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3M polluted drinking water with PFAS for decades. Will it have to pay for the clean up?

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3M polluted drinking water with PFAS for decades. Will it have to pay for the clean up?

Grist reporter Zoya Teirstein reports on a groundbreaking lawsuit that has been filed against a prominent chemical manufacturer for alleged contamination caused by per- and polyfluoroalkyl substances.

In a nutshell:

In 2016, the city of Stuart, Florida discovered dangerously high levels of per- and polyfluoroalkyl substances, also known as "forever chemicals," in its drinking water supply. The city had unknowingly been poisoning its residents for an unknown length of time. Since then, Stuart has spent millions of dollars trying to remove PFAS from its water, but achieving complete removal is proving to be expensive and difficult. Stuart's lawsuit against 3M, the manufacturer of PFAS-containing firefighting foam, could have far-reaching financial consequences and determine who is responsible for cleaning up the contamination. The lawsuit is the first of over 4,000 similar cases and could result in a major mass tort payout if successful.

Key quote:

“3M will continue to remediate PFAS and address litigation by defending ourselves in court or through negotiated resolutions, all as appropriate", representatives of the company told Grist.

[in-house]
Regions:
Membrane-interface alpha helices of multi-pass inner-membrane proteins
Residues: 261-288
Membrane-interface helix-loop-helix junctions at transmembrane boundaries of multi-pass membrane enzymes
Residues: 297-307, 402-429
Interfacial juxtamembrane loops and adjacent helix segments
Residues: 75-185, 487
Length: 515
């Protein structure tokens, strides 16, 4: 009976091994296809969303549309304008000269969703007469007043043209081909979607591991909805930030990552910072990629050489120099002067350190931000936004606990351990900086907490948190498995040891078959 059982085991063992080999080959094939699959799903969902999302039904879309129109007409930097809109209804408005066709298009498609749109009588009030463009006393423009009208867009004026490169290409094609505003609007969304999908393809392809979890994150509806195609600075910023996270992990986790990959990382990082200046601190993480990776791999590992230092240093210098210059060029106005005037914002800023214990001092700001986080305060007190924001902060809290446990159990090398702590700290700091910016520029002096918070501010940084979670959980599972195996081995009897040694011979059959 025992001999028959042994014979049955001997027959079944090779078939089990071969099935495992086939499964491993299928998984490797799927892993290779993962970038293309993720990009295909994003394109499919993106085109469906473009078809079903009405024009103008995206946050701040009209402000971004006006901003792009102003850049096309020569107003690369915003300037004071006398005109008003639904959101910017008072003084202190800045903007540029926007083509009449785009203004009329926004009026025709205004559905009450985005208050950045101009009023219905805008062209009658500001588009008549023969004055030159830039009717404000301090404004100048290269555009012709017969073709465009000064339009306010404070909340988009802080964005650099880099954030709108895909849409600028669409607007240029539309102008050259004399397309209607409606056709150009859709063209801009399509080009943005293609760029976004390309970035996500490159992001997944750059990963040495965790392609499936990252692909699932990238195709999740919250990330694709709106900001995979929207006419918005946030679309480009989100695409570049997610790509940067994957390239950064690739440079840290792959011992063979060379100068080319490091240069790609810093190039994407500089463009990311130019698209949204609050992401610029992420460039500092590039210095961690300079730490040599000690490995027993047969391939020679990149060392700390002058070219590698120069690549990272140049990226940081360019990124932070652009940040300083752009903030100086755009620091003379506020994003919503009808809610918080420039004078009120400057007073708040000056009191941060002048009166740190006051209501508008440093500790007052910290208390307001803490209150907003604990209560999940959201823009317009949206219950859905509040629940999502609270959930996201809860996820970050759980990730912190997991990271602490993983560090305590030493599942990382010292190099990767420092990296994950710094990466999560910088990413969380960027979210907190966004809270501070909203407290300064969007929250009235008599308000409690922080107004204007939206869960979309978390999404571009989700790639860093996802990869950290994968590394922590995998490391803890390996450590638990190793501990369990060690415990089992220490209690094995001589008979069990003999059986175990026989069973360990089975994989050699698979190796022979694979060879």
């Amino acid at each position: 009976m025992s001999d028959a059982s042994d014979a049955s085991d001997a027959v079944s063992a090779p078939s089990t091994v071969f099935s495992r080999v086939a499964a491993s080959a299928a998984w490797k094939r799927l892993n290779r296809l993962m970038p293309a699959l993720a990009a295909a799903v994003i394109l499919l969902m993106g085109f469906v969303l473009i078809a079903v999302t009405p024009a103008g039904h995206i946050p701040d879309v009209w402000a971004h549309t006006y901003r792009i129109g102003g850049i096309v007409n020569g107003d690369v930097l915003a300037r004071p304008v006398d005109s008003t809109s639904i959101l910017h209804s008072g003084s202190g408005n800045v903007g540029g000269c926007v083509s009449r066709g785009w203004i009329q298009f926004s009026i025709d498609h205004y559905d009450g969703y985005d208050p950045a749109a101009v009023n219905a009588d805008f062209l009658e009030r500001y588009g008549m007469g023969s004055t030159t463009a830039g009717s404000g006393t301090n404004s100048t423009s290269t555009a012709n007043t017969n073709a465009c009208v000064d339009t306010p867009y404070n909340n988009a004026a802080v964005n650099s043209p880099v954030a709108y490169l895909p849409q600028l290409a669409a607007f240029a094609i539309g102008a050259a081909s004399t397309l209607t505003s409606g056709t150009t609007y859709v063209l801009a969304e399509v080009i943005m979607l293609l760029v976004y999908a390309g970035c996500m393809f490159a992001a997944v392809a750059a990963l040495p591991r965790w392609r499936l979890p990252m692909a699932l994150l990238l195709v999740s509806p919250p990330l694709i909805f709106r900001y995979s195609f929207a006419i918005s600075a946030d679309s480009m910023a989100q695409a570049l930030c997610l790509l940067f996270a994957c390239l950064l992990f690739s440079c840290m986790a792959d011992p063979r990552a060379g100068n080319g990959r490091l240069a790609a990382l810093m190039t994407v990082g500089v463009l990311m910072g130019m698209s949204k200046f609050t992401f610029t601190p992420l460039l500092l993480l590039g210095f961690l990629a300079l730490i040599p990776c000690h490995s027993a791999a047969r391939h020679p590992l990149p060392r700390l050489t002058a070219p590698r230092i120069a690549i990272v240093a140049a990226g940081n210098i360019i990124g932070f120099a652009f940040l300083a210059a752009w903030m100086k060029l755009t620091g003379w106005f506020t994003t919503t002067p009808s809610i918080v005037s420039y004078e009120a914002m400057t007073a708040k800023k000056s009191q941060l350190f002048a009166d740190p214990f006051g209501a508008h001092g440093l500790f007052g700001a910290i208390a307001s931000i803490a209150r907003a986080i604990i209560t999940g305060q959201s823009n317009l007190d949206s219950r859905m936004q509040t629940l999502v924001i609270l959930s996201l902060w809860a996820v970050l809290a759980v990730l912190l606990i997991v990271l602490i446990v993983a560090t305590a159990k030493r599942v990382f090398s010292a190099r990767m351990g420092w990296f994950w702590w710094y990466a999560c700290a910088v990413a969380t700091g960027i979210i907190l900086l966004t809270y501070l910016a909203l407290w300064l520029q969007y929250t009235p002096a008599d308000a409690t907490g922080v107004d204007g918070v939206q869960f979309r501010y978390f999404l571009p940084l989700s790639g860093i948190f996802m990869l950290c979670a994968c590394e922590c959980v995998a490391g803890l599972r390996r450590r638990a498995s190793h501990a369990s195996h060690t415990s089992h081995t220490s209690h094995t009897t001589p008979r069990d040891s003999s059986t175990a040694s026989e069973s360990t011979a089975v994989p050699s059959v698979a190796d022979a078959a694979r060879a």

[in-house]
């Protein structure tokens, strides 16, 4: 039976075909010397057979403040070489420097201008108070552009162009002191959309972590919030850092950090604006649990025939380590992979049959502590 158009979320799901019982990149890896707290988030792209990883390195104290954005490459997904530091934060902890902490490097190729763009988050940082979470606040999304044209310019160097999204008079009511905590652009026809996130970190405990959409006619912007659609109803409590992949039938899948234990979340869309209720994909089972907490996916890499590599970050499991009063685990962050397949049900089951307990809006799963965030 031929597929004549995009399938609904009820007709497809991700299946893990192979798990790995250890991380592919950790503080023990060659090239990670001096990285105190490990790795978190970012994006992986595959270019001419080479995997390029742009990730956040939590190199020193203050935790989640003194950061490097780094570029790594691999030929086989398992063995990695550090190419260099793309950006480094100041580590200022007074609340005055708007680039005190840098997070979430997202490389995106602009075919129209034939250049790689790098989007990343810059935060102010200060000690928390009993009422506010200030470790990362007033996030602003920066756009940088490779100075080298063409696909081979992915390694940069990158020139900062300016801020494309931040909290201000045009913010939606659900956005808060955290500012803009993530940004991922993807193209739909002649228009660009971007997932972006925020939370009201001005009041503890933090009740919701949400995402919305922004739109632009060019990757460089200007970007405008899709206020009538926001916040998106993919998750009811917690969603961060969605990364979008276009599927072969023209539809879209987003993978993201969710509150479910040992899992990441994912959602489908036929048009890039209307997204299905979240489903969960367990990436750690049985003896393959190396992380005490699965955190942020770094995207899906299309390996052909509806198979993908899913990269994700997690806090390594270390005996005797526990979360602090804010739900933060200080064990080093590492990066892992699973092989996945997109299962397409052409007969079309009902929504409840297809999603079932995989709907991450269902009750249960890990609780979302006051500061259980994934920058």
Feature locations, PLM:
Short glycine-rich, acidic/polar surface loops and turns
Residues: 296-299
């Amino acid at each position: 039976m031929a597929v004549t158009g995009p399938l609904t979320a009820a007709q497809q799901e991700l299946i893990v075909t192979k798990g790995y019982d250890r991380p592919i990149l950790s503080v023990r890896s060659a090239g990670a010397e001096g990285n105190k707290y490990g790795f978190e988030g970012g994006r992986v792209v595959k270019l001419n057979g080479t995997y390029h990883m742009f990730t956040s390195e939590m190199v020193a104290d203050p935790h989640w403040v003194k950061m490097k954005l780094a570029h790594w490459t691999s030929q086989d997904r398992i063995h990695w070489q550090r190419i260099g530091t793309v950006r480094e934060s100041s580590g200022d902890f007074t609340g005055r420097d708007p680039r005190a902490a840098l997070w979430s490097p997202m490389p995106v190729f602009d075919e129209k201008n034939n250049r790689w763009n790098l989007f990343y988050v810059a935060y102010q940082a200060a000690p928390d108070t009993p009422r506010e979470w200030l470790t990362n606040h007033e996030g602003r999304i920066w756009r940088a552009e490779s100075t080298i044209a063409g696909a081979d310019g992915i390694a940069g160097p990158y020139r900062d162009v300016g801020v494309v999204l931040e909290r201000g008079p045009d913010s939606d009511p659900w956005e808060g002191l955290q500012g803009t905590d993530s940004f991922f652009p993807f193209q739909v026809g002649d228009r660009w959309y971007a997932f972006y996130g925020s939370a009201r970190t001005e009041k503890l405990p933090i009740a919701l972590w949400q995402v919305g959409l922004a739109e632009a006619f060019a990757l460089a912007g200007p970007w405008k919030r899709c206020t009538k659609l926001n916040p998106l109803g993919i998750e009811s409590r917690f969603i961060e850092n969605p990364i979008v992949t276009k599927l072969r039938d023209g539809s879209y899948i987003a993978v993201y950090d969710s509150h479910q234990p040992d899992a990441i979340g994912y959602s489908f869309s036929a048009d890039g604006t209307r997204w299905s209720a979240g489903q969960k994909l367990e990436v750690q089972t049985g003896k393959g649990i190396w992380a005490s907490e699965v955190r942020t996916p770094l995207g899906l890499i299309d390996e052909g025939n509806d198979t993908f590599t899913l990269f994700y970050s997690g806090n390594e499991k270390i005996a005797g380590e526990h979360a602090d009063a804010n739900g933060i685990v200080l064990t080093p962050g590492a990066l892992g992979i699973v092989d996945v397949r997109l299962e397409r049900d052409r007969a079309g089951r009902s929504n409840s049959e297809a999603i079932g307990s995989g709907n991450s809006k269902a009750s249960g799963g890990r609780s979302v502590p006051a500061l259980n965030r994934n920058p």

Big picture

The ripple effects of this legal battle are likely to extend beyond the courtroom. With mounting public awareness and concern regarding PFAS contamination, the lawsuit has the potential to amplify public pressure on both the chemical industry and governmental agencies responsible for safeguarding public health and the environment. In addition, it may galvanize communities and advocacy groups to demand swifter action in addressing PFAS pollution, driving the need for comprehensive solutions and increased transparency.

Read the full Grist story here.

Learn more about PFAS in EHN’s free guide, and check out our ongoing coverage and testing of products containing PFAS.

About the author(s):

EHN Staff

Articles written and posted by staff at Environmental Health News

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